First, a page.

Nick said he wanted to write about the murders, but he wanted to do a genuinely investigative piece this time. I did what I could to make sure he stayed off any chemical aids, and he returned the favor. At this point, I had a mere handful of close friends, and Nick was the closest I had come to finding a kindred spirit outside the Corps.
According to Nick, the Harcourts’ publicist, Marge Calhoun, was the font of all the intel that she felt was fit to print. Getting past her shield and beneath the shiny surfaces of the couple and their two grown children (one boy, one girl—without the average statistical one-half kid) was a task that went beyond the purpose of Nick’s article, which was allegedly to go for your dreams or to inspire, I guess. Now, that in itself, I found hilarious. In a culture that values good looks over depth, I find our obsession with celebrity a bit much. Plus this search for the perfect lifestyle? Seriously? Like everyone can just pick up and traipse around the world without a care. Sure. Before I rang off with Nick, he gave me the contact info for Marge Calhoun. I wondered whether she would answer a phone call or email me a press release.
Back at my apartment, which also served as a home office, a copy of the Washington Post was waiting on my doormat. Like no other millennials within a hundred miles. I wondered about that, but what can I say? I like newspapers. I rubbed my eyes and settled in with my laptop, my coffee mug within easy reach. It was looking like a six-cup day. I usually try to limit myself to no more than five cups, but a six-cup day could easily expand to seven or more.
I mentally reviewed the timing again. Marian Harcourt had called me at about 5:00 am. I reached the house a little after 6:00 am. That didn’t give the killer (or killers) a lot of time to act. Could the Harcourts have been dead before I got the phone call? That thought got stuck in my head. I needed some time to figure this out. If that wasn’t Marian Harcourt on the phone, the caller was good enough at doing voice imitations to start a new side hustle teaching voice acting skills. Create a new blog, a YouTube channel, an Instagram account.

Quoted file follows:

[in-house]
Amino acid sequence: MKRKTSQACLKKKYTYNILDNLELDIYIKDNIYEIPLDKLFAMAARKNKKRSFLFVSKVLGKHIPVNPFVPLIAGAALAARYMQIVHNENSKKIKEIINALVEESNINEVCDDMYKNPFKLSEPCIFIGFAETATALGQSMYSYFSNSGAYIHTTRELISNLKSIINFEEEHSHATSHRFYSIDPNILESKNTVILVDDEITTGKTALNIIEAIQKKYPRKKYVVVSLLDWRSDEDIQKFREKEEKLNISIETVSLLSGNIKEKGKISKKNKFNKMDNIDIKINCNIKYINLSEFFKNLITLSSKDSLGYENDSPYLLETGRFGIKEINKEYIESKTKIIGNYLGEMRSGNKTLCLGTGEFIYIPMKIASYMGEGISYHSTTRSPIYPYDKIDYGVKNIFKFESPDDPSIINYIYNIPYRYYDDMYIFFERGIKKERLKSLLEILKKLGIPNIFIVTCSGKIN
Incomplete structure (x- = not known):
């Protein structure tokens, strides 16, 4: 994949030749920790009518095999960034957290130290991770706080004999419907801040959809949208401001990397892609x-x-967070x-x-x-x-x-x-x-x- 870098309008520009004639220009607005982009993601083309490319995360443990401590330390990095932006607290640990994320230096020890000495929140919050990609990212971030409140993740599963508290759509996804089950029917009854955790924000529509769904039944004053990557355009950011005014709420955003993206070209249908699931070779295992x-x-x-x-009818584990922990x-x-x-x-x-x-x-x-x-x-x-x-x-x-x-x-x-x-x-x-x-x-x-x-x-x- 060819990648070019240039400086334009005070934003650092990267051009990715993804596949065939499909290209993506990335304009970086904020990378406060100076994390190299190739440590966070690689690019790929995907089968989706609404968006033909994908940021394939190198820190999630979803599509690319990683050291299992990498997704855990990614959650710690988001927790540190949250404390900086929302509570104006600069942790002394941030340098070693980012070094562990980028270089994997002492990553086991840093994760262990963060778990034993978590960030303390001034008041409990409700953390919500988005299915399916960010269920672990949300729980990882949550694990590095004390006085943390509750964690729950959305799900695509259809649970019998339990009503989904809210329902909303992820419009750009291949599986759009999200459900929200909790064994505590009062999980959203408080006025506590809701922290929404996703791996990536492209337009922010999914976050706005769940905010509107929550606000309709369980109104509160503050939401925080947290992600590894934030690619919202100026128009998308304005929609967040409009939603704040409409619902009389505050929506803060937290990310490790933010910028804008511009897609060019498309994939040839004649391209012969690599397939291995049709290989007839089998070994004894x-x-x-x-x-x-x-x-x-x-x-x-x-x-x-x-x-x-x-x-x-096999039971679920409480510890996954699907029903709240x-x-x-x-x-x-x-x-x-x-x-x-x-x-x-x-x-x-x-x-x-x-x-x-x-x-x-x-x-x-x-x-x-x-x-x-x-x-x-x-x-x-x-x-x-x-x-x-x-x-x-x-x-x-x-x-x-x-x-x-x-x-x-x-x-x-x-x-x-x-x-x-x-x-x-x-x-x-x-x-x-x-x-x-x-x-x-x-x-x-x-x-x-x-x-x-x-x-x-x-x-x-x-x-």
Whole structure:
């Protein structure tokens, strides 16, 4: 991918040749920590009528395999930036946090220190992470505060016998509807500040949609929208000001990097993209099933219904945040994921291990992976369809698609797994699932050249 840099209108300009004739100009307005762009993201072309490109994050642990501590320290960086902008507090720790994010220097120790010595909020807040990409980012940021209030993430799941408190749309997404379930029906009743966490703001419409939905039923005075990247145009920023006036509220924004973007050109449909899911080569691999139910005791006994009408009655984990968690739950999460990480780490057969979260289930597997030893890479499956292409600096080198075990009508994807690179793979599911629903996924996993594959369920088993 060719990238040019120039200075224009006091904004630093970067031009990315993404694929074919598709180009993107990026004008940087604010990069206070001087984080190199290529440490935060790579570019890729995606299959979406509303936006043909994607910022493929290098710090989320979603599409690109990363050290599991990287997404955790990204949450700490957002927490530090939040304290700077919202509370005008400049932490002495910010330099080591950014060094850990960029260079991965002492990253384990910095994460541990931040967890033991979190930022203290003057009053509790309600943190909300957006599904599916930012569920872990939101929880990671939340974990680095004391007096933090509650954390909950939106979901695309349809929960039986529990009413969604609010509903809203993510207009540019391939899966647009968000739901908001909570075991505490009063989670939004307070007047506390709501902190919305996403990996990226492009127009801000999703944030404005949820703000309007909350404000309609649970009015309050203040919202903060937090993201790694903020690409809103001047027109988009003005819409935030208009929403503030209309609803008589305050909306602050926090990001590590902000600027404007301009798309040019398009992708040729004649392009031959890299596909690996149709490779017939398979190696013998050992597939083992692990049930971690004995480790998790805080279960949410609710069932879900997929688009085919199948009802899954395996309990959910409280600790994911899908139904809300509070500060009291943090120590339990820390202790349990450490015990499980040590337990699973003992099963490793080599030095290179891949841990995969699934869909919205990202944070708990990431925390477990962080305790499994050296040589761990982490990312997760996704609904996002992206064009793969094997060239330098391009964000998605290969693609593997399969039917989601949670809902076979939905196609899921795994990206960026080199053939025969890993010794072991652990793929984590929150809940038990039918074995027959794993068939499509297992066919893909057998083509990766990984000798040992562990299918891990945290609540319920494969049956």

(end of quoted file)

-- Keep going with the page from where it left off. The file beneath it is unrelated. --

My work for the Harcourts had led me to search various social media, since that’s pretty much where they lived. I had focused on their potential employee’s background. No red flags. Further digging turned up no criminal record. Not even a speeding ticket.
The job candidate’s name was Blair Fenton. I wondered then and I still wonder whether he was from a prominent family in Silver Spring, which has a Fenton Street and more than a few connections to the historic Blair family. Or maybe it was just a weird coincidence. I scanned my report, looking for holes. Seemed solid, but . . . I knew better than to assume I had done a perfect job.
And then there was Marge Calhoun, PR pro. The Harcourts had hired me directly, so Marge might not even know that I exist. I needed to call her. I punched in the number and got voicemail. I pictured her spinning a story to the cops. Or reporters.
I began writing an email and then stopped. I shook my head as if the contents of my brain had settled and I needed to stir them up. Then I used a search engine to find her address. No warnings. I’m coming to see you, Ms. Calhoun.
More to come … I’m working on adapting some of my screenplays into … you know, books and shit! 🙂